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Mobile commerce is in its infancy, with relatively few consumers making purchases directly from
their mobile devices, and relatively few retailers and marketers offering an easy way for consumers
to do so. Yet consumers are increasingly shopping via mobile handsets, as they research products
and services before completing transactions in stores or online. Coupons delivered via mobile media
are sending more consumers to stores, and several competing formats of mobile barcodes are
delivering product information largely to smartphone users. The accelerated intersection of mobile,
local, social and commerce is erasing the distinction between online and offline environments.
1) As part of the research process before they are ready to make a purchase
2) In-store when ready to make a purchase decision
3) Completing transactions directly from the handset
Compete illustrated mobile’s role in research in a study of the travel industry. It reported that
less than 1% of consumers use mobile exclusively for travel research and booking, but 30% of
consumers use mobile in conjunction with online research, and 22% use mobile in conjunction
with online booking. Even if it will take some time for consumers to be comfortable planning and
booking trips using mobile devices, it’s already playing a role in the process, a role that will only
grow as marketers develop and enhance their mobile offerings.
Compete further broke down all the ways smartphone users shop. The greatest numbers use
their phones to get second opinions while they shop (62%) and look up store locations or hours
(53%). Another 44% have downloaded a shopping application to their phone, and 39% seek
retailer or product coupons.
One of the biggest changes in mobile user behavior is also apparent above. Compete noted 44%
of consumers with smartphones use their devices to check prices of items while shopping in
stores. eMarketer Senior Analyst Jeffrey Grau recently cited this trend as well, noting, “Until now,
researching online and buying in a store have been sequential activities that take place hours,
days or even weeks apart. But customers who bring their web-enabled mobile phones with them
into a store can do online research at the point of a purchase decision.”
Scott Dunlap, CEO of mobile shopping service NearbyNow, recommended to eMarketer what
retailers should do. He said, “Mobile shoppers are simultaneously in the physical world and in the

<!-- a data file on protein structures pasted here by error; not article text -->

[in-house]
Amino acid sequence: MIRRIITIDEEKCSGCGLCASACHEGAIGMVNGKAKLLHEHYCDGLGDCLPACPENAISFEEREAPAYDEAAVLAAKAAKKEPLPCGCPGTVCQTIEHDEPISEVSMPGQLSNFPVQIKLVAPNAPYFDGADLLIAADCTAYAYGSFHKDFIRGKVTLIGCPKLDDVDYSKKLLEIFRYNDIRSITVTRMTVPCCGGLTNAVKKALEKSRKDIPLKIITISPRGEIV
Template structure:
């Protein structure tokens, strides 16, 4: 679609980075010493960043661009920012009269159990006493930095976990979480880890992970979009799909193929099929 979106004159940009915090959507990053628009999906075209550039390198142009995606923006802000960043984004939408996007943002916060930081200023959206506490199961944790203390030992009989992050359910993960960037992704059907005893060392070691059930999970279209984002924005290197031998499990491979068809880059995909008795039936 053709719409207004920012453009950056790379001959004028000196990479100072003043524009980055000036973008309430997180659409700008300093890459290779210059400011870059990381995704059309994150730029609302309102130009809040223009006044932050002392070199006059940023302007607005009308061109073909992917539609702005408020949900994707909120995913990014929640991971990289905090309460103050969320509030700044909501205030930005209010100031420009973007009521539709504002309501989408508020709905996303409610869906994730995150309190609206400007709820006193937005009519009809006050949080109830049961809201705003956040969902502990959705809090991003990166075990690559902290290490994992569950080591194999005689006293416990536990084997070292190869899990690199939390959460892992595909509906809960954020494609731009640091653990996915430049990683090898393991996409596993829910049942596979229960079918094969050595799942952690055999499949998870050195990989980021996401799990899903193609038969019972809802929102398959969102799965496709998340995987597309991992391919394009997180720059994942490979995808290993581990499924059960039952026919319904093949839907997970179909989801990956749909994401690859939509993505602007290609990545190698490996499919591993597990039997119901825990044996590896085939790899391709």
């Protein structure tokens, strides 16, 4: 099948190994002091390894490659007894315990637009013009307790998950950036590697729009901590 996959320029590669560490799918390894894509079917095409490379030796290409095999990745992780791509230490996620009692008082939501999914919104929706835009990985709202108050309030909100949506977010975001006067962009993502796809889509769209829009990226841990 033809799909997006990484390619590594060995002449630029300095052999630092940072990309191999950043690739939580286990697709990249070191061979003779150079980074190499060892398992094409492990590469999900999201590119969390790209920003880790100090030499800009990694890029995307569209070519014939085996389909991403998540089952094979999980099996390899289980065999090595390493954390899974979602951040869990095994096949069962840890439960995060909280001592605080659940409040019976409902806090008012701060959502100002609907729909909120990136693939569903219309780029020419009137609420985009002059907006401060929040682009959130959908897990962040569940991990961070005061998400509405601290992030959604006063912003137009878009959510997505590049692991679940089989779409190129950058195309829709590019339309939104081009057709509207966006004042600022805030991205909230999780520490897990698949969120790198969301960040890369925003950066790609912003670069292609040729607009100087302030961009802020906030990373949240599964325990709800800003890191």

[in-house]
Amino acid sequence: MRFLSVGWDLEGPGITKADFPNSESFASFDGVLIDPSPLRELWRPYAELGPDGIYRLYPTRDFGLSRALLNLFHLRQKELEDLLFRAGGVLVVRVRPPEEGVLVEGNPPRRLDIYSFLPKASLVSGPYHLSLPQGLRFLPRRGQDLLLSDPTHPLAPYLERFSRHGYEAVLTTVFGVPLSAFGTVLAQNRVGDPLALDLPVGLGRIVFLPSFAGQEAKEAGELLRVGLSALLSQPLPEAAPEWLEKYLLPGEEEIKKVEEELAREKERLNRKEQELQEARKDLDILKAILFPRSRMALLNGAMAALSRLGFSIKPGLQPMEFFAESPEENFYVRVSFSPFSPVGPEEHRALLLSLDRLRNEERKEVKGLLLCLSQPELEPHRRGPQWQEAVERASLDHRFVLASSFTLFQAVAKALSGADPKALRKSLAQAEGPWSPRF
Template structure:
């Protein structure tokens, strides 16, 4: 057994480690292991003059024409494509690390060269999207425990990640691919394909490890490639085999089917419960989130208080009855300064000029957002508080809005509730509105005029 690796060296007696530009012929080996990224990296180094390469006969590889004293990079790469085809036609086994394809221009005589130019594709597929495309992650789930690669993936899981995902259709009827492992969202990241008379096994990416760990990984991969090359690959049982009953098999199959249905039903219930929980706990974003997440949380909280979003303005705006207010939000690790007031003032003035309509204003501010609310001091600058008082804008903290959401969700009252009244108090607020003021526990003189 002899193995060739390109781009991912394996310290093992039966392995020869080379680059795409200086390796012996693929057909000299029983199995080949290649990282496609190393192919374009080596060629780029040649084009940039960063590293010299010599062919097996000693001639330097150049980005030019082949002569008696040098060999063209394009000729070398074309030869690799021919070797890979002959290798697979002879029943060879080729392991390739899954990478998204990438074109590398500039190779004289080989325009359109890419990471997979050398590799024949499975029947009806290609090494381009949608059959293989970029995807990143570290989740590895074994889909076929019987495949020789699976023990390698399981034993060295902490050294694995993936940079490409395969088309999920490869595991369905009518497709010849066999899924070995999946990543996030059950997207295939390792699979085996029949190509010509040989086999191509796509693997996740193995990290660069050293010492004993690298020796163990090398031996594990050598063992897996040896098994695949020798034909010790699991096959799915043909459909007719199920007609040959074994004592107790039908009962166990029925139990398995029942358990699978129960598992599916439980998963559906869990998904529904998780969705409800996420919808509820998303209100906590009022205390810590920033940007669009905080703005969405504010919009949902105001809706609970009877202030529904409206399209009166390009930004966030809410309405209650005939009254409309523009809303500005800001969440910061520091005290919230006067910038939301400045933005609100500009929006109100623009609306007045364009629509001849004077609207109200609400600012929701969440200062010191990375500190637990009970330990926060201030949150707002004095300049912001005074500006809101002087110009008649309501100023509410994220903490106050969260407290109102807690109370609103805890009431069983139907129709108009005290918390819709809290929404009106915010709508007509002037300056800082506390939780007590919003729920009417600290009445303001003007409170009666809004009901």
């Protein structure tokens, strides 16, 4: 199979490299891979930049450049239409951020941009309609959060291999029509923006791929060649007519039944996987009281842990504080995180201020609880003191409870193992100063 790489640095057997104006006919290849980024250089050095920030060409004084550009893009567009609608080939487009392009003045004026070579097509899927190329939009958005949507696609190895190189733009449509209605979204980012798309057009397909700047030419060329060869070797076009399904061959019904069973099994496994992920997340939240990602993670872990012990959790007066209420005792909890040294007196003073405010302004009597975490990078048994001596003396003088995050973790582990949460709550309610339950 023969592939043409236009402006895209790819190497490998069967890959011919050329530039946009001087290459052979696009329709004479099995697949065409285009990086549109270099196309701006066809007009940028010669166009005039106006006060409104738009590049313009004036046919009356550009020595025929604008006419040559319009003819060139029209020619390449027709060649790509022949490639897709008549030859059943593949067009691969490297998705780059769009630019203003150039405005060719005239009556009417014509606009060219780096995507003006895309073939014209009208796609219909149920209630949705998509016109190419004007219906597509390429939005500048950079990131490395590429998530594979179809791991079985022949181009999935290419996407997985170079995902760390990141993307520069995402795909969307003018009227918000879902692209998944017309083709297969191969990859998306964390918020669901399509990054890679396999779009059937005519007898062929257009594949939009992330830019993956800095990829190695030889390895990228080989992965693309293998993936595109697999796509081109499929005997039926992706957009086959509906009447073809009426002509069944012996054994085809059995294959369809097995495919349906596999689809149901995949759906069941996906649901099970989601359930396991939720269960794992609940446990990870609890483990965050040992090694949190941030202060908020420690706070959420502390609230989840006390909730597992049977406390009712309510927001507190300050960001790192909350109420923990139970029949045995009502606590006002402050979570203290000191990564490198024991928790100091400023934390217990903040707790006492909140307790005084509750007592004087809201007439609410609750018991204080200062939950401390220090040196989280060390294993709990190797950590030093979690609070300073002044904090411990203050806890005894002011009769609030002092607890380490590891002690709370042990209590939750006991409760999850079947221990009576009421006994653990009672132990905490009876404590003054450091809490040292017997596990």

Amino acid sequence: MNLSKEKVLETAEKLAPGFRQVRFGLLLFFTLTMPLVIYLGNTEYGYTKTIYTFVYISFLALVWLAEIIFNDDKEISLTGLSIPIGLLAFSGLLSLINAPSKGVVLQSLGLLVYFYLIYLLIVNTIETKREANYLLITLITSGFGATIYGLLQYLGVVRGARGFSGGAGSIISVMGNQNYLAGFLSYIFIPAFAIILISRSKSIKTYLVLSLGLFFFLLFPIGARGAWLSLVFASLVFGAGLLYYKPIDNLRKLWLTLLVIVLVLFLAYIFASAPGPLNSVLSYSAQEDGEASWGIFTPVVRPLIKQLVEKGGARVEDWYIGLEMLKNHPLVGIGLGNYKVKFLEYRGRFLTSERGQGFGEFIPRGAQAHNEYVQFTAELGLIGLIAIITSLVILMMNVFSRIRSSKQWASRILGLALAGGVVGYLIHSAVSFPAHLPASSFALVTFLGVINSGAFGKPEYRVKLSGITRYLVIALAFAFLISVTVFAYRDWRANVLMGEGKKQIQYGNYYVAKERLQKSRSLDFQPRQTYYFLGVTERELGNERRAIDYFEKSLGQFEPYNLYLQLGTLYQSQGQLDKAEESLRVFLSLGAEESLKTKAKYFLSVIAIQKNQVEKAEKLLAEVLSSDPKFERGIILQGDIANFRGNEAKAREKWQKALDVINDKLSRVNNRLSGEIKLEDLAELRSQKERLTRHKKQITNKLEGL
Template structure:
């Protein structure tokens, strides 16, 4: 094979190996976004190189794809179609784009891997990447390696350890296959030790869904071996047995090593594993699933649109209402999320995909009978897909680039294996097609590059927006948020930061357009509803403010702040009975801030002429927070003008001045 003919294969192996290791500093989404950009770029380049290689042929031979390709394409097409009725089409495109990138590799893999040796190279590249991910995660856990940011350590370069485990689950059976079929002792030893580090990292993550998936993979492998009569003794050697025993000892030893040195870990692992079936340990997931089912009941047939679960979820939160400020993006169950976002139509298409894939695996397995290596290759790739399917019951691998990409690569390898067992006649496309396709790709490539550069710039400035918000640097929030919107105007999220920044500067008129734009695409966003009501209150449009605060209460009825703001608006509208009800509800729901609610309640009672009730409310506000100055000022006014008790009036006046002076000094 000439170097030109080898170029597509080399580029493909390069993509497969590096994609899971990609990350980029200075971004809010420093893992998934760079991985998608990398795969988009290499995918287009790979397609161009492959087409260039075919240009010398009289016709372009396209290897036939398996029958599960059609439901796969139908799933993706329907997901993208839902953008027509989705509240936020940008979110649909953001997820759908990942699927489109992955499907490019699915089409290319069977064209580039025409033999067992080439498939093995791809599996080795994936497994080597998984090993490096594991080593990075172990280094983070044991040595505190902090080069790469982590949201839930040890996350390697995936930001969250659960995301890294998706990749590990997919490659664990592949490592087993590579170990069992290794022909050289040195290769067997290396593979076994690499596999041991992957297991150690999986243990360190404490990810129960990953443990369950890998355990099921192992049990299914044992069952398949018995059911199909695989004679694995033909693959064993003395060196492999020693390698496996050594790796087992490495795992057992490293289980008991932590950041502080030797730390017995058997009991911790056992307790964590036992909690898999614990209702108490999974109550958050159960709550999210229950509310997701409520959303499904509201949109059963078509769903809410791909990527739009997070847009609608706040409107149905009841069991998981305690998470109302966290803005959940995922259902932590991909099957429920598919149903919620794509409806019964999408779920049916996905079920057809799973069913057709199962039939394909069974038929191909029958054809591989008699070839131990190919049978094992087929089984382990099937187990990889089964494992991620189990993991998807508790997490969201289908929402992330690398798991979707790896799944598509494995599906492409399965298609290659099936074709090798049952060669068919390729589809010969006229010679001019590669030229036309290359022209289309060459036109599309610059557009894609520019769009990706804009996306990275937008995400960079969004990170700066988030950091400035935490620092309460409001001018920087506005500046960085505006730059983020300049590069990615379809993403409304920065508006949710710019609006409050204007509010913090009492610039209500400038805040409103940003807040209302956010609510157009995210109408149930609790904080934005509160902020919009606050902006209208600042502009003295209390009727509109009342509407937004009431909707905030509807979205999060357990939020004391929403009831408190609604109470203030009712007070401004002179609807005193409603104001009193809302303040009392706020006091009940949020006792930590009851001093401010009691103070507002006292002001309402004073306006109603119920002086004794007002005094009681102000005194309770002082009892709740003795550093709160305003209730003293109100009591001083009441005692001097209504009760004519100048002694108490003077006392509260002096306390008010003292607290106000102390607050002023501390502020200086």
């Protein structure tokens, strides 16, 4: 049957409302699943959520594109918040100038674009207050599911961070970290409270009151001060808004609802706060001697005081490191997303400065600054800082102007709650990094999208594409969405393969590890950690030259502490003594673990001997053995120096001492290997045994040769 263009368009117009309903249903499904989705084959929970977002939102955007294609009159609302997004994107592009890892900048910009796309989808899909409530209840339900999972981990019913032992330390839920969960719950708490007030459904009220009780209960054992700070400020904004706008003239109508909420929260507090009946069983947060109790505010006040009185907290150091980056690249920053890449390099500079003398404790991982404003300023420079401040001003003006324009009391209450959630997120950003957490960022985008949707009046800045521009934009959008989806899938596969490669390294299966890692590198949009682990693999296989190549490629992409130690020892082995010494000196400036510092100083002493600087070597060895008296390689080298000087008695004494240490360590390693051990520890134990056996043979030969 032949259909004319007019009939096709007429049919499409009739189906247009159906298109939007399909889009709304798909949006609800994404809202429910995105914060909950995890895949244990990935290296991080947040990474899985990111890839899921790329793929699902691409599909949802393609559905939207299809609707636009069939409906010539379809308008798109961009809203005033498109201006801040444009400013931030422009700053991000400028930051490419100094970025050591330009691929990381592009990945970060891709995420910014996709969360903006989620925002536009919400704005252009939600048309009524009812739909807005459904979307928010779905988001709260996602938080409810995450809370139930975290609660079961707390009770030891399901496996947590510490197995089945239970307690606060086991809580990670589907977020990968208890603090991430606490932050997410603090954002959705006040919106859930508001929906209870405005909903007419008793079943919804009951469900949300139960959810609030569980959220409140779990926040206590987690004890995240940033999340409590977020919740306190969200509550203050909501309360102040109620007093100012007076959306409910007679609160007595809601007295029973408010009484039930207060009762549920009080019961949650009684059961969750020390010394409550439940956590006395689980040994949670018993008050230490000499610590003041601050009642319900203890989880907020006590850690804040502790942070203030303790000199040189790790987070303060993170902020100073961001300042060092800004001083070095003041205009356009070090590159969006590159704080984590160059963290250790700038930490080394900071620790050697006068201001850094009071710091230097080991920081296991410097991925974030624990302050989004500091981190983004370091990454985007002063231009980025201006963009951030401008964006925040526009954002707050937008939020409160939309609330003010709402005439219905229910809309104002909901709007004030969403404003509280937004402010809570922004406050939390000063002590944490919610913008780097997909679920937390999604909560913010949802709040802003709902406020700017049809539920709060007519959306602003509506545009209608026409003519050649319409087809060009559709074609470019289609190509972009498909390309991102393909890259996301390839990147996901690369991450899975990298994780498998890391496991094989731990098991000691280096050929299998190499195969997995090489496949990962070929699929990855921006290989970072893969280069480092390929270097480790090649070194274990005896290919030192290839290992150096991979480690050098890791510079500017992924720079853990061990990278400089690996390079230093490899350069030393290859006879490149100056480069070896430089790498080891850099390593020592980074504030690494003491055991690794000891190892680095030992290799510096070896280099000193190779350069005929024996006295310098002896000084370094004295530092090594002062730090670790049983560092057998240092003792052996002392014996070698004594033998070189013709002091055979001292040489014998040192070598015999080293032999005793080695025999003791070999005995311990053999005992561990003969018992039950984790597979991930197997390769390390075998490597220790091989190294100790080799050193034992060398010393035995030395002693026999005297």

online world at all times… They just don’t want to feel stupid by finding out later that [a product
is] 30% off on an online shopping site. I think it’s very smart for a retailer to put a mobile
shopping app in front of consumers because if they end up going to Amazon.com, that retailer is
going to get underbid—guaranteed. Retailers need to reward people for showing up in their
Mobile commerce is starting to become more commonplace as well. A Mobile Marketing
Association Survey from May conducted with Luth Research noted that 17% of U.S. adult mobile
phone owners used their phone to purchase apps, ringtones and other content. Another 6%
received coupons or discounts from their phone, and 6% purchased physical goods or non-mobile
content from their handsets. Not surprisingly, responses varied based on the type of mobile
device respondents used, with more than half of iPhone owners and 34% of BlackBerry owners
having purchased content for their phones.
A Forrester Research study in conjunction with Shop.org released in June indicates the progress being made, noting 74% of U.S. online retailers have a mobile strategy or are developing one. Yet retailers say consumers using mobile web browsers account for less than 3% of total site traffic and 2% of revenue.
Couponing is already a booming industry in a global economy bouncing back from a recession. The
New York Times cited retail technology firm Inmar’s figures showing 50 million coupons were
redeemed in 2009, up 263% over the previous year. Coupons are attracting even more interest
now thanks to advents in mobile marketing. ClickZ cited Borrell Associates’ forecast that US mobile
coupon spending will climb from $90 million in 2009 to $6.53 billion in 2014, though it’s still well
below internet coupon spending, which will grow from $4.2 billion to $22.6 billion over that span.
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